X. B. Saintine

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Cover of Antoine, 1839

Xavier Boniface Saintine (10 July 1798 – 21 January 1865) was a French dramatist and novelist. He was born Joseph Xavier Boniface in Paris in 1798. In 1823, he produced a volume of poetry in the manner of the Romanticists, entitled Poèmes, odes, épîtres. In 1836 appeared Picciola, a novel about the comte de Charney, a political prisoner in Piedmont, whose reason was saved by his cultivation of a tiny flower growing between the paving stones of his prison yard. This story is a masterpiece of the sentimental kind, and has been translated into many European languages.[1] The novel earned him renown and came to be regarded as a classic of French literature.[2]

He produced many other novels, none of striking individuality with the exception of Seul (1857), which purported to be the authentic record of Alexander Selkirk on his desert island. Saintine was a prolific dramatist, and collaborated in more than 200 pieces with Eugène Scribe and others, usually under the name of Xavier. He co-wrote the story which was to form the basis for Bellini's opera I puritani. He died in Paris in 1865.[1][2]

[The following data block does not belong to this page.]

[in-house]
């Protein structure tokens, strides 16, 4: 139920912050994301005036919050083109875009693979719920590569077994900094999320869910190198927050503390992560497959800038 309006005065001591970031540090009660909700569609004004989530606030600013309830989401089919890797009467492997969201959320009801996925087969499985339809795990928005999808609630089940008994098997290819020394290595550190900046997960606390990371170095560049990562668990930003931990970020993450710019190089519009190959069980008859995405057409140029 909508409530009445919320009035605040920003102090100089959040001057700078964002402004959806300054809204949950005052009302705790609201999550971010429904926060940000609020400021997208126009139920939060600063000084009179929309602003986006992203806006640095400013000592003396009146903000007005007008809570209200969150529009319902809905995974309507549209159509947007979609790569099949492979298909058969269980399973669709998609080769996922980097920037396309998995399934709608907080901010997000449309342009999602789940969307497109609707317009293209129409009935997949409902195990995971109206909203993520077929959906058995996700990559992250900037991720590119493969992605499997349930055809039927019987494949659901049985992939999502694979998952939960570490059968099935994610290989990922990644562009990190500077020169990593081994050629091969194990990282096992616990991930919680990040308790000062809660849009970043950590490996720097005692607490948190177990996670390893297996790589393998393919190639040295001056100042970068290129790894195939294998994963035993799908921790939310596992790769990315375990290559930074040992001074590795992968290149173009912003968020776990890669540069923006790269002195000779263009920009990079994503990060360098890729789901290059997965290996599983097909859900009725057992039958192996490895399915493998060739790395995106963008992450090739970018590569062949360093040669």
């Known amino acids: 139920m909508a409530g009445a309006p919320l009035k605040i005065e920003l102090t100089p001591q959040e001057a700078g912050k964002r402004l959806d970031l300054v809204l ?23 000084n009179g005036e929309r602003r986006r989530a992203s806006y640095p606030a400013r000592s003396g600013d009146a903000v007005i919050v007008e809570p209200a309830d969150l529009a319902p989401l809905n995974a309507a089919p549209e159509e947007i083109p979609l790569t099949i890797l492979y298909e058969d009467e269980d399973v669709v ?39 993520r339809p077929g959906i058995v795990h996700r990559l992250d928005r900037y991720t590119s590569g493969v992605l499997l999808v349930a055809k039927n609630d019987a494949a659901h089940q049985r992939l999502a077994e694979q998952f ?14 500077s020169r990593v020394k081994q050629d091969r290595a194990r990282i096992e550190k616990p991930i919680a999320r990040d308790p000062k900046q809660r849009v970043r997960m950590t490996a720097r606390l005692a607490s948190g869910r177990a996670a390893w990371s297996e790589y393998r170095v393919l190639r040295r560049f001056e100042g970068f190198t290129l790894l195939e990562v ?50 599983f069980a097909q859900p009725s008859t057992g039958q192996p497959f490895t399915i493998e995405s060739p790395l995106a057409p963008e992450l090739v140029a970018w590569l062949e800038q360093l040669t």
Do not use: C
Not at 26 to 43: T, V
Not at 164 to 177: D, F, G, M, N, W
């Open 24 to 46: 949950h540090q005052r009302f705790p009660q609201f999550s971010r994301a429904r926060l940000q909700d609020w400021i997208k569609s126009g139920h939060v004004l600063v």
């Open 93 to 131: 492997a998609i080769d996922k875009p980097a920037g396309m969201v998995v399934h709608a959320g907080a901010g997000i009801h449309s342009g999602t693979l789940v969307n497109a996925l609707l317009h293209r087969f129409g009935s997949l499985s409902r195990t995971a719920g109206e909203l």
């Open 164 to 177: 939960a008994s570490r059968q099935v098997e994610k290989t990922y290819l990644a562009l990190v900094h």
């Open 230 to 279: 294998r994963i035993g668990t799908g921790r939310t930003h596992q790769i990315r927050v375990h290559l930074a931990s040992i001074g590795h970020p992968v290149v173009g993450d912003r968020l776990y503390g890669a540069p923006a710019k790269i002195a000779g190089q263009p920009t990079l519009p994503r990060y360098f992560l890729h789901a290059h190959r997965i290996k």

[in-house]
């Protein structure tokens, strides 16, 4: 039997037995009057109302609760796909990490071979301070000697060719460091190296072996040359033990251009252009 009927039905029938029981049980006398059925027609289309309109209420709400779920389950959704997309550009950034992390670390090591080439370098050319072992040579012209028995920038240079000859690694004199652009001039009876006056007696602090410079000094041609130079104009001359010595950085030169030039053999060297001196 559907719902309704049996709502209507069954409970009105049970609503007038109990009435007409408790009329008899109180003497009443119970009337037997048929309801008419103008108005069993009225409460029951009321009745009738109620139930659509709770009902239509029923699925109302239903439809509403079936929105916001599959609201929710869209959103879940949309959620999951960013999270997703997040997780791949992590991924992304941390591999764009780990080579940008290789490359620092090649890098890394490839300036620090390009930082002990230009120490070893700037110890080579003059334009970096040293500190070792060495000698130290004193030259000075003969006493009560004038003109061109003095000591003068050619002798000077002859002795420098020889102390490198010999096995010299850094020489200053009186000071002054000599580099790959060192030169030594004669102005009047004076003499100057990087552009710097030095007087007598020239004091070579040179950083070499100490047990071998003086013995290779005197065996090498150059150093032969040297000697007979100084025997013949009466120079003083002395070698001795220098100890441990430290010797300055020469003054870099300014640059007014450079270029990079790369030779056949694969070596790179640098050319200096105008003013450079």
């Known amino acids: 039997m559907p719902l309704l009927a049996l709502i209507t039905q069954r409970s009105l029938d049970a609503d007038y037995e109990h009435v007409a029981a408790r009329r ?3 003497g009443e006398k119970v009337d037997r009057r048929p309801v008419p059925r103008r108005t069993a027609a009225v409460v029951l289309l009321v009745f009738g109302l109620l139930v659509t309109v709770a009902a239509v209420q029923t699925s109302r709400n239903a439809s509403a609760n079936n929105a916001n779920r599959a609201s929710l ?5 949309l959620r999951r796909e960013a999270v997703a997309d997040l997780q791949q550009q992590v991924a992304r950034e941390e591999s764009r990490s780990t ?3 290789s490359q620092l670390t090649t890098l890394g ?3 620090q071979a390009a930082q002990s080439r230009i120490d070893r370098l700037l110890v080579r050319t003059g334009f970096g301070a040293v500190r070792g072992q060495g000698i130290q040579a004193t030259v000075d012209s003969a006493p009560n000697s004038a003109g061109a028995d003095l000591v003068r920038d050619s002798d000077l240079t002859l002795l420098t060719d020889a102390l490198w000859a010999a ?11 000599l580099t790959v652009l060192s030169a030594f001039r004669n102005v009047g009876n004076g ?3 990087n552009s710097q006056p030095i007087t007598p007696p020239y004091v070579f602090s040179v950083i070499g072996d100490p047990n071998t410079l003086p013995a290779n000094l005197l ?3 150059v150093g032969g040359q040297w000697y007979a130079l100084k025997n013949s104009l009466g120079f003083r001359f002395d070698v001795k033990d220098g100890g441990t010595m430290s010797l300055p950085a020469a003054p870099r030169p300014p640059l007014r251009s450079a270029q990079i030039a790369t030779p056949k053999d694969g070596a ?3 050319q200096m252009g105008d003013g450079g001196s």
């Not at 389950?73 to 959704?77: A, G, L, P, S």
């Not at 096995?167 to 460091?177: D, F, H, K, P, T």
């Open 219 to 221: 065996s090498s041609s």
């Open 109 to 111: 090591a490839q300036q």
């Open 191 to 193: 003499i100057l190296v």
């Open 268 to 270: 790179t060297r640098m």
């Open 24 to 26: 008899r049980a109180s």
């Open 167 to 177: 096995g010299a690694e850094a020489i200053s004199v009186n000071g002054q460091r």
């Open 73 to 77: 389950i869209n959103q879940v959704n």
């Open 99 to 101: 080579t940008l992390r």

References[edit]

  1. ^ a b The Encyclopædia Britannica: A Dictionary of Arts, Sciences, Literature and General Information, 11th ed.
  2. ^ a b Garnett, Richard, ed. (1899). The International Library of Famous Literature: Selections from the World's Great Writers Ancient, Medieval, and Modern, with Biographical and Explanatory Notes and Critical Essays by Many Eminent Writers, Vol. X. London: The Standard, p. 4732.

Further reading[edit]

  • Clapin, A. C. (1883). "Preface", Picciola. Oxford University Press. Detailed biography of Saintine in the introduction to his most famous work.

External links[edit]


Public Domain This article incorporates text from a publication now in the public domainChisholm, Hugh, ed. (1911). Encyclopædia Britannica (11th ed.). Cambridge University Press.